A-dventure-Z’ | Notes & Review

Posted on February 6, 2012


Ada Yardeni. A-dventure-Z’: The Story of the Alphabet. Carta, 2003. (86 pages)

The tracing of the consecutive phases in this formal evolution, from the common ancient signs to their forms in the different scripts, is possible thanks to the large number of ancient inscriptions and manuscripts discovered in the last two centuries, when archaeology became a recognized science. (8)

…the pictures told long and wonderful tales and each picture described not only objects one can see but also thoughts and feelings. … “Let the king draw a picture of a sun when he wants to draw the words ‘heat’, ‘light’, ‘day’, or an eye when he wants to draw the idea ‘to see’, or a foot when he wants to draw the words ‘to go’, and in that way he will be able to draw his poems and his thoughts.” (11)

When people realized that they could draw all the words, they began drawing all the things they wished to remember. But this was a long procedure, because it is difficult and tiring to draw a house or an eye or the head of an ox again and again. They therefore decided to draw only the main lines of the pictures. (15)

But, even so, the writing took a long time, because people wanted to write many things, such as stories or letters to each other, and sometimes they were in a hurry and wanted to send a quick note to someone. And then a  strange thing happened to the pictures – their forms began to change. This happened, because, when written rapidly and spontaneously the letter-forms change; sometimes a stroke becomes longer or shorter or even disappears, and sometimes it makes a curve and joins the following stroke. (15-16)

The most ancient inscriptions in the early alphabetic pictographic script date from around the 19th century BCE and were discovered in Egypt. Inscriptions in a similar script, apparently dating one or two centuries later, were discovered in the Sinai peninsula. This script apparently contained 28 or 29 pictographic signs, corresponding to the number of consonants in the Proto-Canaanite language, the language which gave birth to the Canaanite languages. In approximately the 13th century BCE, the western Canaanite dialects contained a smaller number of consonants than the Proto-Canaanite mother-language, and accordingly the number of signs for writing these dialects was reduced to 22. The descendants of the Canaanites, the residents of Tyre and Sidon, who are called Phoenicians, used these same 22 signs, which had already become stylized, linear letters, and wrote them exclusively in horizontal lines from right to left. (16)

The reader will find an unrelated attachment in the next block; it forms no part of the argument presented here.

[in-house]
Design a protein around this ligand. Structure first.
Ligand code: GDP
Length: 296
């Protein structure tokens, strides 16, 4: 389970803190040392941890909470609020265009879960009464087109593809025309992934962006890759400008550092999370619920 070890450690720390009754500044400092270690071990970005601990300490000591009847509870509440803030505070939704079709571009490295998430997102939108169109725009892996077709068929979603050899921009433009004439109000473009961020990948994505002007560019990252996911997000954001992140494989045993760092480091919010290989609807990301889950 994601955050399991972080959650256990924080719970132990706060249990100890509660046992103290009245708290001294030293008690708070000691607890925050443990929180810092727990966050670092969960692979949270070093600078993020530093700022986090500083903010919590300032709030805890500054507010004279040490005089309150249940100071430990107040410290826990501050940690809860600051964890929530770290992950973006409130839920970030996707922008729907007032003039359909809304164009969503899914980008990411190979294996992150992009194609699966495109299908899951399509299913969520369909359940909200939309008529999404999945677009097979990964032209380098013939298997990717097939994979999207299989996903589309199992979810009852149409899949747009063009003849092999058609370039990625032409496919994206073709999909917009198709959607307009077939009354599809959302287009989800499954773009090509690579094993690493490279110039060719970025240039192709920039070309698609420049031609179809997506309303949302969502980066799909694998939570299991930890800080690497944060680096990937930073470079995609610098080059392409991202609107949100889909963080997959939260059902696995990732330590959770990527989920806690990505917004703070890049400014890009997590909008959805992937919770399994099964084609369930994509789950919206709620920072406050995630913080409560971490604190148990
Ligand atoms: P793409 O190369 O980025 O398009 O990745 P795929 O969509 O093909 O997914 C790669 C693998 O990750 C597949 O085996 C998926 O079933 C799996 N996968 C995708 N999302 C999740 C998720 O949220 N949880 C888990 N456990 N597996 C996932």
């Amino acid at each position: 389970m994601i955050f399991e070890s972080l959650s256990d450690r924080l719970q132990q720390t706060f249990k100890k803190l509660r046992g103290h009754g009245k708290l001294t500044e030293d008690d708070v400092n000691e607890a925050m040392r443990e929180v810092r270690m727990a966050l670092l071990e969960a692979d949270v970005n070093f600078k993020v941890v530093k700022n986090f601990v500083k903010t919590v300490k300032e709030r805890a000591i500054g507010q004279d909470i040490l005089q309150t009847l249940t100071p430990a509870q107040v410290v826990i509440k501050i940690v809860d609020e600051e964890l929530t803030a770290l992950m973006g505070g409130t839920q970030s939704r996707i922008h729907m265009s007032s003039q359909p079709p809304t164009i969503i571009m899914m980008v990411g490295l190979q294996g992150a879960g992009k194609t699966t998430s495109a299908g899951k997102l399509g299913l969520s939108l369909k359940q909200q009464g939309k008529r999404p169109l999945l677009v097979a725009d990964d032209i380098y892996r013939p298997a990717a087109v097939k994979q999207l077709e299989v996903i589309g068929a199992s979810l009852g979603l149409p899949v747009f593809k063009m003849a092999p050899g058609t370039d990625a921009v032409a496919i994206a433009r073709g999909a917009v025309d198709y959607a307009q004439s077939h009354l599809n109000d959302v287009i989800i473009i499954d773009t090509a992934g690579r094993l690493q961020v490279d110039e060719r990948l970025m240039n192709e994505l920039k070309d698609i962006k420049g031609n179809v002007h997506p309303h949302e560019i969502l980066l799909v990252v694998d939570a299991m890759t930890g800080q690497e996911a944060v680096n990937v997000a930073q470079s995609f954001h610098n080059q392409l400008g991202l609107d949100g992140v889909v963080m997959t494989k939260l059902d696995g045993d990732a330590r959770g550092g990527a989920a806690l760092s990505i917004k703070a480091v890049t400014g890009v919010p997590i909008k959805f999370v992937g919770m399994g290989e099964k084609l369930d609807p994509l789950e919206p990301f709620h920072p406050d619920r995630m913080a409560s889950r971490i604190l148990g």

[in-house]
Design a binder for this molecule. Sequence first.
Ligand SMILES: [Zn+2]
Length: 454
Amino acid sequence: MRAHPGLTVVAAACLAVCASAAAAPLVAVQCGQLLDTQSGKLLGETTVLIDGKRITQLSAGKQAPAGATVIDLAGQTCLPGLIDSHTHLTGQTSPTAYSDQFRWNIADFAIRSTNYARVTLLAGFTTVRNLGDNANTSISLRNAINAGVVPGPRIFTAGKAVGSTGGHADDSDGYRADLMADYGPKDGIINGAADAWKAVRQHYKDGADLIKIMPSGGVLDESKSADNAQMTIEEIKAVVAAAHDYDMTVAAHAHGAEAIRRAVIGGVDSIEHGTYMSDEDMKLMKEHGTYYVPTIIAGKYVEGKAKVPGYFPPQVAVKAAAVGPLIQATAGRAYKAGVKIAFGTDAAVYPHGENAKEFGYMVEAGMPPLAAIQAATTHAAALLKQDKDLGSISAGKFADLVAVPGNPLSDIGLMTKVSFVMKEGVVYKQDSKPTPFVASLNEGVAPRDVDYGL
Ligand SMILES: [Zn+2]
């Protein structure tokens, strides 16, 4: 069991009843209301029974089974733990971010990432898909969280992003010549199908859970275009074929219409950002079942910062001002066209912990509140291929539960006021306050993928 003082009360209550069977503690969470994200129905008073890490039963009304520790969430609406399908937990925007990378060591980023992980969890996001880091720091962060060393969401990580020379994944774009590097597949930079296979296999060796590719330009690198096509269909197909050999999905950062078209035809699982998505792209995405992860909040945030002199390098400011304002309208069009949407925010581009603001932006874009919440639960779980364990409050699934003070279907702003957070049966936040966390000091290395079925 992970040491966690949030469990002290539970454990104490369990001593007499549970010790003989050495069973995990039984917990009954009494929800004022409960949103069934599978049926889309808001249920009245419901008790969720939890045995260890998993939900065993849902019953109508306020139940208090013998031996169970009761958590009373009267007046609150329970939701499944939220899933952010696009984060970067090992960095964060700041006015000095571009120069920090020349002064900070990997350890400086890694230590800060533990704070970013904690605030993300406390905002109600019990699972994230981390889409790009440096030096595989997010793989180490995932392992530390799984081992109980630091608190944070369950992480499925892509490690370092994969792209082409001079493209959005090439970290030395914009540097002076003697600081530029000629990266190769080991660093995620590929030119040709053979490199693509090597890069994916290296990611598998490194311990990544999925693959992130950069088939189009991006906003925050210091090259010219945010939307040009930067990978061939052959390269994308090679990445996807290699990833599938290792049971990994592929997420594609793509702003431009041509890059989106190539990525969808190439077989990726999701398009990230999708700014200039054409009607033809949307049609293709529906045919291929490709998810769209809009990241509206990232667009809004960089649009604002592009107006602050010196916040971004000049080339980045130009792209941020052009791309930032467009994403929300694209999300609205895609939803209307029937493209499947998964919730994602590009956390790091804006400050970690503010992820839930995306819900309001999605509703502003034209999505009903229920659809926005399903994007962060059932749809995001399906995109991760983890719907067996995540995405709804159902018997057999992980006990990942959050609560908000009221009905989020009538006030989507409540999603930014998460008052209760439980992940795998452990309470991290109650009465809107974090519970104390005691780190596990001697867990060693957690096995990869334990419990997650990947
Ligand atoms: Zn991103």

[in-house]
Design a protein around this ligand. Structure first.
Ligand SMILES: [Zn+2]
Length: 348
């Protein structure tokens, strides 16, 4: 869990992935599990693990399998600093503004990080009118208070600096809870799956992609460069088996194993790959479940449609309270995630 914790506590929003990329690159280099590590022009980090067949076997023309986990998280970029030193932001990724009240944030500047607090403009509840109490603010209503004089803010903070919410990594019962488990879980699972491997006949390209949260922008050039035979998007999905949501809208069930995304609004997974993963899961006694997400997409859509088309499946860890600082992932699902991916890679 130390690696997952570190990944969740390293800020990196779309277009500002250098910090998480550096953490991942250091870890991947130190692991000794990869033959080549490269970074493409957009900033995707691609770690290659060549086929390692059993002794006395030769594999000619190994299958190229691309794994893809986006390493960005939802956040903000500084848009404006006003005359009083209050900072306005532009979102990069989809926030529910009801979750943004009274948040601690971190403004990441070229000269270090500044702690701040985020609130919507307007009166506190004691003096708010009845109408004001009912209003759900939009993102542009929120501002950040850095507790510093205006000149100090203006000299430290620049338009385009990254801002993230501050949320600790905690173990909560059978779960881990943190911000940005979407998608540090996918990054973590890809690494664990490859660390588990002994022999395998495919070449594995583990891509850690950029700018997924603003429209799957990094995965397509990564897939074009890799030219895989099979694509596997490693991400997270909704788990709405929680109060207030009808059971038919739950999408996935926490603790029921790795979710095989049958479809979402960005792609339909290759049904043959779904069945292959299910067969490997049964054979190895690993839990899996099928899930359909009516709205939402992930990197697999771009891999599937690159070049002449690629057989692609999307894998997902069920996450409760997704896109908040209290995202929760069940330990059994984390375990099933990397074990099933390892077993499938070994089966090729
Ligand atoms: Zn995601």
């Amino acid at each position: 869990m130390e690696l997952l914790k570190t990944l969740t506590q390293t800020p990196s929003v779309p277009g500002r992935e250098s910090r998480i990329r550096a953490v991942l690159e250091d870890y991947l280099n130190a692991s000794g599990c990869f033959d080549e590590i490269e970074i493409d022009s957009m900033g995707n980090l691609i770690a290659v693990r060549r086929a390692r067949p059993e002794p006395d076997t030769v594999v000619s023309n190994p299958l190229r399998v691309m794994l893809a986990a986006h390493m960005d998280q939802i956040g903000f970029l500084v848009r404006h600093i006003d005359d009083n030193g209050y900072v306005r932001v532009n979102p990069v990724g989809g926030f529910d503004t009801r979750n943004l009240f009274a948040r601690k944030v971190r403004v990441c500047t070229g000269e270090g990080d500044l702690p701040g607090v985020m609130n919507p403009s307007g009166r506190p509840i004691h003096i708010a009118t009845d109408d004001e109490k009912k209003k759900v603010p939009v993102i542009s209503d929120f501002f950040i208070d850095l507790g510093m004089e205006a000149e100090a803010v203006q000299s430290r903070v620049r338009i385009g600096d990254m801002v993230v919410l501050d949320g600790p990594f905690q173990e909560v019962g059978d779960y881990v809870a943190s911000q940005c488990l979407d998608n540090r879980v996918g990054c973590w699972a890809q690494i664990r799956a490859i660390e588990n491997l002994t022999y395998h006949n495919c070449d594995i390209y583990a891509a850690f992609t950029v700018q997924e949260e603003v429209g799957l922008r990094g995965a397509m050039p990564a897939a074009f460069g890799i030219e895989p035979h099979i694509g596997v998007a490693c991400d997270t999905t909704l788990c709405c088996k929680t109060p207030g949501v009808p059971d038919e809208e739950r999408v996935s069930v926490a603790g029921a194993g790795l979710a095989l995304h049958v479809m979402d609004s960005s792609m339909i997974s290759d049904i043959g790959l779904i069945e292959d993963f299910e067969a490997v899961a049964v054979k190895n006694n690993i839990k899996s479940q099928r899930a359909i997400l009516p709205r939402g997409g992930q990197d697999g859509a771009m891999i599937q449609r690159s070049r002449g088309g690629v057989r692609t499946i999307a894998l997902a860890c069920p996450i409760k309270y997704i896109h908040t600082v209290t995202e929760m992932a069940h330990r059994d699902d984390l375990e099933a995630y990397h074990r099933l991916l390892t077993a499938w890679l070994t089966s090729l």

The Greeks probably adopted the Canaanite alphabet in about 1100 BCE but the earliest inscriptions in their alphabet, still written from right to left, date from about 800 BCE; in the course of time the direction of writing changed and consequently the positions and forms of the letters. The Romans received the alphabetic script from the Greeks via the Etruscans and transmitted their version, known as the Latin script, to most European nations. (16)

Other peoples who inherited the Phoenician script were the Israelites and later the Aramaeans. The ancient Hebrew script, commonly known as Da’ats or Ra’ats, evolved from the Phoenician script in about the 9th century BCE, while the Aramaic script broke away from its Phoenician mother script in about the 8th century BCE. (17)

When the Aramaic language prevailed in the vast Persian empire, extending from India to Ethiopia, in the 5th-3rd centuries BCE, the Aramaic script was used throughout this empire and the various nations wrote their languages in this script. Among these nations were the Nabataeans and the Jews (who rejected their ancient script in favour of the new one, occasionally using the former in periods of national revival and for sacred scriptures). In about the 3rd century BCE, when the Persian empire was conquered by the Macedonian ruler Alexander the Great, the Aramaic language and script gradually divided into local dialects and scripts. The script known as the “Jewish script” has changed only slightly since then, while the Nabataean script developed a very cursive form from which the Arabic script evolved. The earliest inscriptions in the Arabic script are from the 6th century CE but certain inscriptions dating from the 4th century already show the early phases of its evolution. (17)

The Latin script, as well as the Hebrew and Arabic, emerged a long time after the letters of the Canaanite alphabet came into being. Therefore, when these letters began to be used for the writing of these languages their forms were already very different from the early pictures. This is the reason for our difficulty in recognizing the common origin of these scripts and their relation to the Canaanite pictures. But by tracing the various phases in the evolution of the letter-forms we may clearly see the connection between the forms. (17)

— VIA —

The rest of the book gives further detail of each letter’s evolution. The illustrations are very helpful. For a helpful pictogram chart, see: http://www.hebrew4christians.com/Grammar/Unit_One/Pictograms/pictograms.html.


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